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Dior Cruise 2025: Chiuri’s take on Scotland

The mystery, serenity, and beauty of its landscapes has been portrayed through the words of  writers and poets such as Sir Walter Scott. Its influence in fashion prevails through Tartan, a  cultural landmark of which Christian Dior said in his book The Little Dictionary of Fashion: “It is  probably the only fancy fabric that resists fashions”. We are talking about Scotland, the chosen  location for Christian Dior’s cruise fashion show 2025.  

The links between the mystic land and the Maison trace back to the early beginnings of the brand,  in 1947 when an ensemble named Écosse was presented. But it was in 1951 that Dior would held  his first show at the land. Later on, in 1955 a charity ball was organized at the Gleneagles Hotel in  Perthshire, Scotland, the epicenter of Scottish nobility in the 20th century. In this emblematic  location Monsieur Dior presented an exclusive collection as a part of activities that intended to  improve the Anglo-French relationship. For the occasion, the designer flew eight models, and 172  dresses which were insured for more than 62.000 pounds. 

“I had heard so much about its beauty that I had feared to be disappointed, on the contrary, I was  even more stuck by the beauty of the country, the castles, and the moors, than I had expected”  explained Christian Dior back in the day. This long-lasting impression that Scotland left on Dior  resulted in another fund-raising show in 1960 taking place at Scone Palace this time, which  became the designated place for the luncheon pre-show that Dior organised for the attendees of  this year’s cruise fashion show.  

The show was held at Drummond castle, and it has been filled with historical references to the  archives of the Maison. Chiuri continues with her international take on cruise shows, which she has  been presenting all around the world in locations such as Mexico City, Seville, Athens and Chantilly  among many others.  

As usual, the Italian designer has collaborated with many local artisans and crafts in order to tell a  story of fraternity between the French house and the local communities. Harris Tweed, Jonathon’s  and Elgin, Esk Cashmere, and Robert Mackie are some of the family companies that have helped  with the production of the materials. Maria Grazia Chiuri has also invited the young British designer  Samantha MCoach, founder of Le Kilt, a brand which provides an elevated and conceptual version  of the Kilt, to help with the design of this piece.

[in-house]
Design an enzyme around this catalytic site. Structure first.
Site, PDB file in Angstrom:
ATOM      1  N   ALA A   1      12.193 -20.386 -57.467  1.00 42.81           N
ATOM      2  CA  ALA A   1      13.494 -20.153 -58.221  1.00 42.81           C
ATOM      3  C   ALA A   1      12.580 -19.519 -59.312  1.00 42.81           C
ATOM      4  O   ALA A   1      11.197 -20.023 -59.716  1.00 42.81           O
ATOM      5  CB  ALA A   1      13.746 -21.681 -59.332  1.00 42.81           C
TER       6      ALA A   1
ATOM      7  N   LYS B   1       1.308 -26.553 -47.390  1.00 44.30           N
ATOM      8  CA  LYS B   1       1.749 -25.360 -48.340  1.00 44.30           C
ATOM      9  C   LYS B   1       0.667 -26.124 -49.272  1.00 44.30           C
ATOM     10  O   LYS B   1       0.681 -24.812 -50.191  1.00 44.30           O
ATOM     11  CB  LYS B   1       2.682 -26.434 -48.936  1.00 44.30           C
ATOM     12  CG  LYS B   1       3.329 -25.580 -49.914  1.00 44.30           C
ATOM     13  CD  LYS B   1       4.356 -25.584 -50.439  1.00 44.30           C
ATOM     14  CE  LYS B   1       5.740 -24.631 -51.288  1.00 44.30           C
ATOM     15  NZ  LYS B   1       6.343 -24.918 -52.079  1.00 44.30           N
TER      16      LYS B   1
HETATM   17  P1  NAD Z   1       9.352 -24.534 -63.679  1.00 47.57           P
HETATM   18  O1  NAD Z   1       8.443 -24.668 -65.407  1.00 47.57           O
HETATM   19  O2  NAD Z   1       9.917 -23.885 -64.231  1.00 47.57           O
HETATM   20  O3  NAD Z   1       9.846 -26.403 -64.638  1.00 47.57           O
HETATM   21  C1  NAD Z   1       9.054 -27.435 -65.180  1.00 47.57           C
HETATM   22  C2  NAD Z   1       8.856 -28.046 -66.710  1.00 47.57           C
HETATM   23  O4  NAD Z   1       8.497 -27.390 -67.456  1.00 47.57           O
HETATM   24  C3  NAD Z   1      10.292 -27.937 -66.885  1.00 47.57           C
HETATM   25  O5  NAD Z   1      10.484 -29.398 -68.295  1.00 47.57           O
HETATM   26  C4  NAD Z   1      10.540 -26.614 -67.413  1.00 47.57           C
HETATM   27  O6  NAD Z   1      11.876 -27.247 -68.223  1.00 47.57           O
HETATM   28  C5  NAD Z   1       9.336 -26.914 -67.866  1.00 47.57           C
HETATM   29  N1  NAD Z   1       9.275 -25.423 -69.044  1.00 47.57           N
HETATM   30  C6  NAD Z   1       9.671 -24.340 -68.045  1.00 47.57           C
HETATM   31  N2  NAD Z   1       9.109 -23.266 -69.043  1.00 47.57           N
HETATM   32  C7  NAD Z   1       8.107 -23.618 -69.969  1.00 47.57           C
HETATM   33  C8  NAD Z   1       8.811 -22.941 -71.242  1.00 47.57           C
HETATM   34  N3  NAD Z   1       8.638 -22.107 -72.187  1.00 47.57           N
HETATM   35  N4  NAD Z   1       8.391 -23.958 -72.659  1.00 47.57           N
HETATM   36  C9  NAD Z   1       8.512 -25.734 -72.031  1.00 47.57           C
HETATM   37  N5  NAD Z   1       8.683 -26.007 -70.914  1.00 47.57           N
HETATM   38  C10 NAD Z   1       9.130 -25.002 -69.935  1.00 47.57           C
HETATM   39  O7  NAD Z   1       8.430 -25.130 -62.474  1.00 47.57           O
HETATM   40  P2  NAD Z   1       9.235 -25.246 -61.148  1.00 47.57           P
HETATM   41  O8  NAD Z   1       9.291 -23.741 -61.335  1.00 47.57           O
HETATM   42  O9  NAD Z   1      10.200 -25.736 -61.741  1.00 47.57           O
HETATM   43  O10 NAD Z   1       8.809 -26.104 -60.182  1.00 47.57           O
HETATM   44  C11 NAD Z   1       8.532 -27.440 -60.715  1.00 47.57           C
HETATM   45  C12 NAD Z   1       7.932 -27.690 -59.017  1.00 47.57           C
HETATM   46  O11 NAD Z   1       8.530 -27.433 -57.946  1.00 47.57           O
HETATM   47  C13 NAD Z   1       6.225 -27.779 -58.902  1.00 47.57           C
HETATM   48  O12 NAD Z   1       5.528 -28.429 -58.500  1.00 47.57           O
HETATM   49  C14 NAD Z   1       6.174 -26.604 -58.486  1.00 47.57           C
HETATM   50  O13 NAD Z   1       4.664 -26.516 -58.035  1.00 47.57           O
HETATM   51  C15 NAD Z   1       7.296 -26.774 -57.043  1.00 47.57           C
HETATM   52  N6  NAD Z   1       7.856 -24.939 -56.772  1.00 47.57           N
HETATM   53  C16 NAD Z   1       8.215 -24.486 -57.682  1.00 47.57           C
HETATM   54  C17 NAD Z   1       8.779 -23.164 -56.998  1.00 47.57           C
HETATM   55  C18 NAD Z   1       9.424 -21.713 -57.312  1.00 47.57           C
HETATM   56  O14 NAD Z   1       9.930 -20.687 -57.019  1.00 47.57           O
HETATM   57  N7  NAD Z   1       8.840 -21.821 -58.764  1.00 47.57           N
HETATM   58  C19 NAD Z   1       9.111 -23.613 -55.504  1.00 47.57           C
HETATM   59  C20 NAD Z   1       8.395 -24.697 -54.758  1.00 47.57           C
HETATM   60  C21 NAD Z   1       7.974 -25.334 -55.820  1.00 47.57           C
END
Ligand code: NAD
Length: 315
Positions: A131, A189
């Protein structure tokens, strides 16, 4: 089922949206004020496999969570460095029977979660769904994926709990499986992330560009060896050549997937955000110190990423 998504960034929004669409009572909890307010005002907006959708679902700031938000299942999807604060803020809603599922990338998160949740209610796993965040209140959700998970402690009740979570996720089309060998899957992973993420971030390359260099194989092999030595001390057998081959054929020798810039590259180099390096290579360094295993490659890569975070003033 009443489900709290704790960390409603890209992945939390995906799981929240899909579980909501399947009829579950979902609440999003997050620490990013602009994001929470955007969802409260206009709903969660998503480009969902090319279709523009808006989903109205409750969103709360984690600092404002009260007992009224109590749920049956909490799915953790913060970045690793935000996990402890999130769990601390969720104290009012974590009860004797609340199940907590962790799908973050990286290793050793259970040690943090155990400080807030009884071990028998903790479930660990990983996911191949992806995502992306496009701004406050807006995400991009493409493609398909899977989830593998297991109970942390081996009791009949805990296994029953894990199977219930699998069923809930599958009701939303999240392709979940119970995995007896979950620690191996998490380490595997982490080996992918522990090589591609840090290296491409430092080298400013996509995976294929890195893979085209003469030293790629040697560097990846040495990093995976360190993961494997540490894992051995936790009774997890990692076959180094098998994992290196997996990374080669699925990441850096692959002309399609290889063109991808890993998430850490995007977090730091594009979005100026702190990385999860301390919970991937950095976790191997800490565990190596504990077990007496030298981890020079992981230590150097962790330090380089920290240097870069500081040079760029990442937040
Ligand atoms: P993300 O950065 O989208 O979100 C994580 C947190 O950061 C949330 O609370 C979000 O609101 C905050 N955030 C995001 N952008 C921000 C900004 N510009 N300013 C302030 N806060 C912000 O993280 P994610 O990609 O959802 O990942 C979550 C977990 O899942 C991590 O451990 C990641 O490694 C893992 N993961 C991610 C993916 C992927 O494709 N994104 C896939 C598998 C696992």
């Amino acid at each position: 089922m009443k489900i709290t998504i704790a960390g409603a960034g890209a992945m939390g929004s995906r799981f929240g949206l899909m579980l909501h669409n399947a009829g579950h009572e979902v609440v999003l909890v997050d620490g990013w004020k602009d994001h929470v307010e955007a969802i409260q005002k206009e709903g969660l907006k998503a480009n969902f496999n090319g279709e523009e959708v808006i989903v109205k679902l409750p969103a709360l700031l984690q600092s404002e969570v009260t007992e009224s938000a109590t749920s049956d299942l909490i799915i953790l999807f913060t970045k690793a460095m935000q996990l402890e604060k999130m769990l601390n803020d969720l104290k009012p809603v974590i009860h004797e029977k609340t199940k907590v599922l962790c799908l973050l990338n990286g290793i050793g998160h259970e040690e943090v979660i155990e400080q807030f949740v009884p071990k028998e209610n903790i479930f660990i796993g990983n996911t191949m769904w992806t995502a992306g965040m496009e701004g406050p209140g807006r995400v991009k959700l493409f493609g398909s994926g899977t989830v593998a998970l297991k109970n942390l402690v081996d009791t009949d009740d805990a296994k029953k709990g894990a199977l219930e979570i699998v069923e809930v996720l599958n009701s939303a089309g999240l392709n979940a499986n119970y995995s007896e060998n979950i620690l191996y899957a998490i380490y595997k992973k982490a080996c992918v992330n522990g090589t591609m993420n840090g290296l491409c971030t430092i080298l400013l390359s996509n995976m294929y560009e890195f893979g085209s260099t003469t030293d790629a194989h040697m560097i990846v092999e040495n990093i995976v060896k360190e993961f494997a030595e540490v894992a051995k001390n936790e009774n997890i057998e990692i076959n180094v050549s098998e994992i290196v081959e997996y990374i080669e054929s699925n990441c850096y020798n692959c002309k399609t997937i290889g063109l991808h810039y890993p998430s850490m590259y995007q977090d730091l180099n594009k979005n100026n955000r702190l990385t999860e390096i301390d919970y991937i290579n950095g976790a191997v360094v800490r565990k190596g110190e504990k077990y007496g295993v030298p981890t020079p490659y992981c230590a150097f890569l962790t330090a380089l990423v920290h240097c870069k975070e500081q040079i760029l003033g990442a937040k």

Even though the kilt was born in Scotland, where it is the traditional costume and a symbol of  cultural identity, it has also been adapted by designers and subcultures all around the world, which 

Dior has shown with punk versions of it through the fashion show. This way Maria Grazia Chiuri  has elaborated a sort of historic timeline of the Kilt, his evolution and implications. 

Central to the show was the figure of Mary, Queen of Scots, a symbol of national history and  strength, showing the favoritism that the creative director of Dior guards for feminist icons. The  historicism of this character is elegantly showcased through reformulated silhouettes that clash  with the modernity added to the garments with corsets and modern textures. The historic line is  kept on accessories such as armor-like-boots or grunge chokers that seem to reference the  connection of the subcultures with the Scottish textile. The mermaid-like hair is subtly elevated  through meshes that cover the model’s faces.  

The voluminous sleeves in different shapes and textures perfectly match the environment of the  location and the delicacy of the hair adornments, while the colors showcased in the Tartans and  Kilts favor the colors of Scottish nature. The browns and yellows of the Scottish landscape diffuse  to introduce bright colors like the purple of the heather, azaleas, and rhododendrons, which  showcase the brightness that the Scottish nature can reach, resulting in a beautifully crafted  response from Dior to the landscape and people of Scotland.  

The location, the historical references that have been made and the constant revisitation of the  archive, together with the contribution of the French Maison to the prosperity of the local  community proves the French powerhouse as a perfect window display for new emerging  designers, rather than just a brand that overpowers the location by taking advantage of its beauty.  

This way, Dior is redefining the concept of cruise shows, filling them with refreshing creative  freedom that allows the creative director to exemplify her talent while inspecting local communities  around the world, providing, therefore, a local yet global concept of the brand, that permits citizens  from all around the world to relate to the brand.

Words: @edugilhurta